Clinical Nepal keeps WC qualifiers hopes alive
Nepal put up a clinical display to thump Kenya by seven wickets at the Tribhuvan University Cricket Ground on Monday to keep hopes of qualifying for the ODI World Cup qualifiers to be held next year alive.
The bowlers led by Mahboob Alam and Sharad Vesawkar bowled Kenya out for a paltry score of 155 runs before skipper Gyanendra Malla and 17-year-old Dipendra Singh Airee smashed Kenyan bowlers to romp to victory with 118 balls remaining.
Nepal is still at the sixth position in the eight-team league but now has eight points off 10 matches, and is just three points behind Scotland which has played just eight matches. Kenya has 10 points in 10 matches. The top four teams in the league qualify for the next year’s qualifiers. Nepal must win all the remaining four matches—two each against Hong Kong and United Arab Emirates—and hope that other results also go in favor to qualify.
Nepal started the impressive day by winning the toss and veteran allrounder Alam backed the skipper’s decision with a probing opening spell. The left-arm seamer moved the ball both ways and dismissed opener Alex Obanda (9) and Dhiren Murji Gondaria (0) in his second over to reduce the visitors to 14/2 at the end of four overs. He had conceded just two runs in his first six with five maiden overs and bowled unchanged for seven overs for figures of 2/11.
It was then the turn of Kenya’s veteran allrounder Colins Obuya, who had made a fluent 24 off 32 in a rain-hit low-scoring match on Saturday, to take center stage. Obuya, who had starred in Kenya’s dream run to the semifinals of the World Cup in 2003, dominated the threatening third-wicket partnership of 79 runs with opener Irfan Karim (38 off 77) before again falling to 16-year-old legspinner Sandeep Lamichhane for 48 off 78 balls.
Obuya, who was done in by a googly on Saturday, stretched too far for a booming drive this time and was stumped by stand-in wicketkeeper Binod Bhandari. He had looked very comfortable using his long reach against Nepali spinners to reach the pitch of deliveries and his dismissal turned the match in Nepal’s favor as Kenya lost the last eight wickets for 62 runs with part-time spinner Vesawkar claiming four of those for a career best figure of 4/28 in 7.1 overs.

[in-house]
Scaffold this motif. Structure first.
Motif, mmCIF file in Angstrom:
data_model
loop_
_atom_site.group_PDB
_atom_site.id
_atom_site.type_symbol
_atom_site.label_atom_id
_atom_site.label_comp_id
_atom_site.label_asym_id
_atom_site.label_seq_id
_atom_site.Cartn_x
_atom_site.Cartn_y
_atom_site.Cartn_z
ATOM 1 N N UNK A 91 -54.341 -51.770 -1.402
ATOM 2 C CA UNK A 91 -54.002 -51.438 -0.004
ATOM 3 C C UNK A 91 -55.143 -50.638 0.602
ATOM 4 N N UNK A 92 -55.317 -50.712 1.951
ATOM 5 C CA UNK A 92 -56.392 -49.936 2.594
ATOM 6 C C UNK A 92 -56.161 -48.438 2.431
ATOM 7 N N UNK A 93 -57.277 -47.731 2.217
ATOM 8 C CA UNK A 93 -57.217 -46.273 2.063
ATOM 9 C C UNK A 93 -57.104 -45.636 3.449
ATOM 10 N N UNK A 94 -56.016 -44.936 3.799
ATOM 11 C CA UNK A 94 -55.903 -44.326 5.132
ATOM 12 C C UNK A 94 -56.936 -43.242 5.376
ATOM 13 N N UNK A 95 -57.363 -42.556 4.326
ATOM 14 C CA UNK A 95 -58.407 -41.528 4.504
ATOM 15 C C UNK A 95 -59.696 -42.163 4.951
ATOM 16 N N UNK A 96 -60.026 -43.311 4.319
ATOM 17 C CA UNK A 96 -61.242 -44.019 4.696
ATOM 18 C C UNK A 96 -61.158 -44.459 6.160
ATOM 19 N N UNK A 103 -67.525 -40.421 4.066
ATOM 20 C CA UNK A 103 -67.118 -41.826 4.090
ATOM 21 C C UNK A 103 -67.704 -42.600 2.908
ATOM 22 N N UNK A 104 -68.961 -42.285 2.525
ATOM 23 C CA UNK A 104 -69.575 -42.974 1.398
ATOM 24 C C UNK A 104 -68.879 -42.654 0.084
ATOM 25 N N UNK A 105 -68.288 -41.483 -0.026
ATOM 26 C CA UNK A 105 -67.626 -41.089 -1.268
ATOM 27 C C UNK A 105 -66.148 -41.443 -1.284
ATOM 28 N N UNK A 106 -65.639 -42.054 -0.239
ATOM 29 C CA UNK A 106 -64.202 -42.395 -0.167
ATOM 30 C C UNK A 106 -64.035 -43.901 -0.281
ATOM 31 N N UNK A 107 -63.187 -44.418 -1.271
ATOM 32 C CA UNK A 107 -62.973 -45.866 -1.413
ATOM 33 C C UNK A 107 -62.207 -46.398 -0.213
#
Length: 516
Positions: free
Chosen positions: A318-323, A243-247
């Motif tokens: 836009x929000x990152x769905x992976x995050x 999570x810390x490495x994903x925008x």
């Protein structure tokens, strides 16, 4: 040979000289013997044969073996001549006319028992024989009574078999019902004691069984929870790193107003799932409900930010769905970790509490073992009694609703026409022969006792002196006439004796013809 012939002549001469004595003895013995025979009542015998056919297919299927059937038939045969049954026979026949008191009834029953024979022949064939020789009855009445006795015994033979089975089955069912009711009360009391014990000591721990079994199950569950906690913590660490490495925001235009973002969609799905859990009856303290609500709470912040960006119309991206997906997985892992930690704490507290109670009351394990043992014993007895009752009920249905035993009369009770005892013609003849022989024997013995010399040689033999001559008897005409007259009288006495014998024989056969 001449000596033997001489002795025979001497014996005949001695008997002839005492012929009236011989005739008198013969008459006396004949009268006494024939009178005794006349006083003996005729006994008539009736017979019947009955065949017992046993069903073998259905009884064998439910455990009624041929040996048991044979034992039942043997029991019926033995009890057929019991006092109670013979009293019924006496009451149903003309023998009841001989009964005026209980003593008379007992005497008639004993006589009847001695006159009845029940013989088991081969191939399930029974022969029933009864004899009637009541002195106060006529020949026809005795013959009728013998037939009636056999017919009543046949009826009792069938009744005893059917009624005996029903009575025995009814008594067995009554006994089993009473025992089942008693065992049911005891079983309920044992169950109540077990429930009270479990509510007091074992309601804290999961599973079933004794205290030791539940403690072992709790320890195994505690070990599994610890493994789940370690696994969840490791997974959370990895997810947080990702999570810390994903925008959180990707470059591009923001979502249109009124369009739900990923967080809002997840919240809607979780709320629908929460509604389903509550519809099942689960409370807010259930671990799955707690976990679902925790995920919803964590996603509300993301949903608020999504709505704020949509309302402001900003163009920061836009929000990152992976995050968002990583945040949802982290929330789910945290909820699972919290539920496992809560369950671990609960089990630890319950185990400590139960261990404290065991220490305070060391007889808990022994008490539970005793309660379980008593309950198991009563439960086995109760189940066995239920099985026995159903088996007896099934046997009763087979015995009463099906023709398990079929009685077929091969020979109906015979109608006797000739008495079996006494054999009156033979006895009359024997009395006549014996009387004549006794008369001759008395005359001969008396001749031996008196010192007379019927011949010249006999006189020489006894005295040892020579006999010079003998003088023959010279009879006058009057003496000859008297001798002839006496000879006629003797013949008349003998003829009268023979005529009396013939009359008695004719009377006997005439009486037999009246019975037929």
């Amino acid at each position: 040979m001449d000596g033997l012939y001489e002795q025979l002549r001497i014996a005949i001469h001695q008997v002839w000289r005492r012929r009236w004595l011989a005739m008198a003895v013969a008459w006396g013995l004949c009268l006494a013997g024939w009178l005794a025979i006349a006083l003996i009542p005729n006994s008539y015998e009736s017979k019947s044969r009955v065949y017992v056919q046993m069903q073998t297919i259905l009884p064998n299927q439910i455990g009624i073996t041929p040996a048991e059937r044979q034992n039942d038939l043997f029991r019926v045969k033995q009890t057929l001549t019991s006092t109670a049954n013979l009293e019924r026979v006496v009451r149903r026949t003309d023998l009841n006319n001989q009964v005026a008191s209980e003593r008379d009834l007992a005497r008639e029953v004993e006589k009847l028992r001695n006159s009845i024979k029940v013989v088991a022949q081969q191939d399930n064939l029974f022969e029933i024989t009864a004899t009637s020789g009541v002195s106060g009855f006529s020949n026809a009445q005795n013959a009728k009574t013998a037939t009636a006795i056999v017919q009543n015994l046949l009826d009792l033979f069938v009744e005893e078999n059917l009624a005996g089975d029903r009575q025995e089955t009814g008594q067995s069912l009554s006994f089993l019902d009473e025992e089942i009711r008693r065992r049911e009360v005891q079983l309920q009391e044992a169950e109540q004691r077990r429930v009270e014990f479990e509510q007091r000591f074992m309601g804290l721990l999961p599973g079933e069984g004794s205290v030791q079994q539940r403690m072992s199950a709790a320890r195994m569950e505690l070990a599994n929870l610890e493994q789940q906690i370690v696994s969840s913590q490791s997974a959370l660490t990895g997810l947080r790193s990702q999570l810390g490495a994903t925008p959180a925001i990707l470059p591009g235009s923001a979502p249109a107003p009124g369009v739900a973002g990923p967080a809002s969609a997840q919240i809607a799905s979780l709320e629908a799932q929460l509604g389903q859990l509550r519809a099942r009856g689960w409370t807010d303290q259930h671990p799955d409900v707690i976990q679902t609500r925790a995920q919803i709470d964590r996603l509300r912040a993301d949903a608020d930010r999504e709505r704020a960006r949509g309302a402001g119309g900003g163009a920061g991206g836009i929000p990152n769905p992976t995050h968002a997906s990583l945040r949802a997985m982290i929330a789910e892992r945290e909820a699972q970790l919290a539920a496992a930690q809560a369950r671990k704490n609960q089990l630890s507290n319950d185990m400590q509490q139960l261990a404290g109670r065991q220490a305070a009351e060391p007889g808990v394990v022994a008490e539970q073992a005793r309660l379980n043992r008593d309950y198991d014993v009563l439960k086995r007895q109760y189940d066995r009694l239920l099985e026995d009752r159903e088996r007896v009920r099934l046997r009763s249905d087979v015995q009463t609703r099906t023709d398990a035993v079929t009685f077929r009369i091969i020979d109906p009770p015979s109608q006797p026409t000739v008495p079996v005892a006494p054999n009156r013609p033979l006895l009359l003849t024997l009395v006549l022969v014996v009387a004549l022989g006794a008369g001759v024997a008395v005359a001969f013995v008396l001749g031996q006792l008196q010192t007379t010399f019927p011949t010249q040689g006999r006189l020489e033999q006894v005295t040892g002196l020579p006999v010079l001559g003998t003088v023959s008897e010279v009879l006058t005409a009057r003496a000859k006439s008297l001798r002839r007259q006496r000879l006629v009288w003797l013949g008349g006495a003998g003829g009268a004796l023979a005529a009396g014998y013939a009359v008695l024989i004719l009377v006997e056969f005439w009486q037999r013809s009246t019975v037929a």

Vesawkar also had an unintended role in restricting Kenyan skipper Rakep Patel who had scored unbeaten 34 off 52 balls on Saturday. Patel was injured after a collision with Vesawkar, who was bowling at the time, at the non-striker’s end and looked severely limited by a leg injury. He limped while running runs for himself and his partners before being caught by Sompal Kami at long on off Basanta Regmi while looking to hit a six. He made 21 off 33 balls. Regmi took another wicket while Sagar Pun also claimed a wicket to round off an impressive bowling card for Nepal.
Chasing a modest target of 156 runs for victory, Nepal was rattled by double strikes by lively pacer Elijah Otieno. There was no juice in the pitch, that had remained under covers for a couple of days before the match on Saturday due to rainfall, and the pitch had dried up further in the Sun with Nepal making first use of it on Monday. But Otieno still proved to be a handful for Nepali batsmen and dismissed opener Dhamal Sunil (1 off 5) and Pun (5 off 7). He also drew edges off another opener Malla with lifting deliveries while the batsman was on 3 and 17. But the pair of Malla and Airee never allowed Kenya a look in after that to seal the match with a 111-run partnership for the third wicket.
Teenaged Airee used his diminutive height to shorten the length of deliveries, and cut and pulled with aplomb to score 62 off just 66 balls with eight fours, most of them with cut and pull shots, and a straight six. The batsman playing his just second senior international outscored Malla in the blazing partnership. He was dropped at short extra cover on 46 and again by wicketkeeper and first slip on 49 but the match was already won by then.